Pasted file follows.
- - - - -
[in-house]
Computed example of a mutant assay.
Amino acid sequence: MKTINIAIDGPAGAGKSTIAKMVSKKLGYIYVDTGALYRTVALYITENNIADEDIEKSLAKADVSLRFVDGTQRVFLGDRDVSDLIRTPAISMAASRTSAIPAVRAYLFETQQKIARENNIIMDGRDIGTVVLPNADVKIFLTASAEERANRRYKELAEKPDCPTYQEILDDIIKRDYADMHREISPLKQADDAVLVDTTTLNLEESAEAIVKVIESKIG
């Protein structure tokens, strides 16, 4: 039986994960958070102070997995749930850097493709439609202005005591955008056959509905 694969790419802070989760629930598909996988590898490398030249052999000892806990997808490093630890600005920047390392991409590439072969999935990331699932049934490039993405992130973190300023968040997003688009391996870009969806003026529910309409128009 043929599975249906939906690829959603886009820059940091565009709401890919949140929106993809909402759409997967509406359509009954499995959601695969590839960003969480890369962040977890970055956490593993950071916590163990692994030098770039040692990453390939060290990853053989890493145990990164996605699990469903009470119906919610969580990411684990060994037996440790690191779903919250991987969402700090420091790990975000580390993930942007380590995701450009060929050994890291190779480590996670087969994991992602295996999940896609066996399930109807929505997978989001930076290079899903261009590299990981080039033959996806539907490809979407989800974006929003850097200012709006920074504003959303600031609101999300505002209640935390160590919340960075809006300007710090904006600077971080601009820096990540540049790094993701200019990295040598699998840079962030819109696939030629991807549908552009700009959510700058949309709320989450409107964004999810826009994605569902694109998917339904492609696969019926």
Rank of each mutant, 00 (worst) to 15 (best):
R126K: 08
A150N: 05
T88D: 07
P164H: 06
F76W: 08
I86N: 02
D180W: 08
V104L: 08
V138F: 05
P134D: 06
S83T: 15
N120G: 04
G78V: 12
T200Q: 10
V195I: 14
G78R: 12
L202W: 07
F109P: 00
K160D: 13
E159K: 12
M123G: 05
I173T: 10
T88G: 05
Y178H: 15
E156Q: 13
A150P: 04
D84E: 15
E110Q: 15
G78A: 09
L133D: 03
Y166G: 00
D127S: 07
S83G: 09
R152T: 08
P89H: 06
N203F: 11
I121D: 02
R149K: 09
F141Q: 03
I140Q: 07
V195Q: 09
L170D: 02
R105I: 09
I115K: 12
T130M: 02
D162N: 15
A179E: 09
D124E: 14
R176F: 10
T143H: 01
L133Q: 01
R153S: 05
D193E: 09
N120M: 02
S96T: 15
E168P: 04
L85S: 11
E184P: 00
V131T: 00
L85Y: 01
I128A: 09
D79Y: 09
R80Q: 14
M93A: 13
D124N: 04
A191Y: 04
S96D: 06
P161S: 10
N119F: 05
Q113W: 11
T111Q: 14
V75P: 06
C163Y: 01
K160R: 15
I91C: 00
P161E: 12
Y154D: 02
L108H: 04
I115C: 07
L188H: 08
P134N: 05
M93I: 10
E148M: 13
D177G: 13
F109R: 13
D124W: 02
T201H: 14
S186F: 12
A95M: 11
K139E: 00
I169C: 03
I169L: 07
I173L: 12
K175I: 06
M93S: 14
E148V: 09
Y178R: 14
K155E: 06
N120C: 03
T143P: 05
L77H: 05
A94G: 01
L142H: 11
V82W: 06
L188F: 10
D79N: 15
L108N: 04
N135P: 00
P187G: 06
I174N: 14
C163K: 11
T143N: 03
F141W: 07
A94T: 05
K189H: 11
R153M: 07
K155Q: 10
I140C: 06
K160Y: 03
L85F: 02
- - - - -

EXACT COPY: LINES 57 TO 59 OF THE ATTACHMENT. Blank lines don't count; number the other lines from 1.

R153S: 05
D193E: 09
N120M: 02